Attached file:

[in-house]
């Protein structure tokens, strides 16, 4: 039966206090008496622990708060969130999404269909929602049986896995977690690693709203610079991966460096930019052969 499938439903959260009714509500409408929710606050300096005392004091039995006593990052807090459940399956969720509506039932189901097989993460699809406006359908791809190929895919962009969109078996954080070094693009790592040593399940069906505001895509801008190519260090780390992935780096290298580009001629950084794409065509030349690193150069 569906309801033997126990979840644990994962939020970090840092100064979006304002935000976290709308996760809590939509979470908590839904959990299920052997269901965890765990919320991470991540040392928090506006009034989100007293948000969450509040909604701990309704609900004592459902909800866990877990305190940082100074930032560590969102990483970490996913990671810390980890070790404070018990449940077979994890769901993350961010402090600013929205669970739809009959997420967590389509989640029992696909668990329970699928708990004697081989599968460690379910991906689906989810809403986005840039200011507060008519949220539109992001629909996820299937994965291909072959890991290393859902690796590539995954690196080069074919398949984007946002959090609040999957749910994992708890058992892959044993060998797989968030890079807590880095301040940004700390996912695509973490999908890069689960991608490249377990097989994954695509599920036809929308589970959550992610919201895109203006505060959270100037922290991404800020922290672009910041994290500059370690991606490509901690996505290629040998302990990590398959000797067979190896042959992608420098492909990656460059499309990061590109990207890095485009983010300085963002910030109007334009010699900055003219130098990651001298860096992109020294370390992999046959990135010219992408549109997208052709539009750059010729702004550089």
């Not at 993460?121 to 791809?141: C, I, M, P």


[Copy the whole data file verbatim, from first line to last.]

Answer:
[in-house]
């Protein structure tokens, strides 16, 4: 039966206090008496622990708060969130999404269909929602049986896995977690690693709203610079991966460096930019052969 499938439903959260009714509500409408929710606050300096005392004091039995006593990052807090459940399956969720509506039932189901097989993460699809406006359908791809190929895919962009969109078996954080070094693009790592040593399940069906505001895509801008190519260090780390992935780096290298580009001629950084794409065509030349690193150069 569906309801033997126990979840644990994962939020970090840092100064979006304002935000976290709308996760809590939509979470908590839904959990299920052997269901965890765990919320991470991540040392928090506006009034989100007293948000969450509040909604701990309704609900004592459902909800866990877990305190940082100074930032560590969102990483970490996913990671810390980890070790404070018990449940077979994890769901993350961010402090600013929205669970739809009959997420967590389509989640029992696909668990329970699928708990004697081989599968460690379910991906689906989810809403986005840039200011507060008519949220539109992001629909996820299937994965291909072959890991290393859902690796590539995954690196080069074919398949984007946002959090609040999957749910994992708890058992892959044993060998797989968030890079807590880095301040940004700390996912695509973490999908890069689960991608490249377990097989994954695509599920036809929308589970959550992610919201895109203006505060959270100037922290991404800020922290672009910041994290500059370690991606490509901690996505290629040998302990990590398959000797067979190896042959992608420098492909990656460059499309990061590109990207890095485009983010300085963002910030109007334009010699900055003219130098990651001298860096992109020294370390992999046959990135010219992408549109997208052709539009750059010729702004550089």
């Not at 993460?121 to 791809?141: C, I, M, P």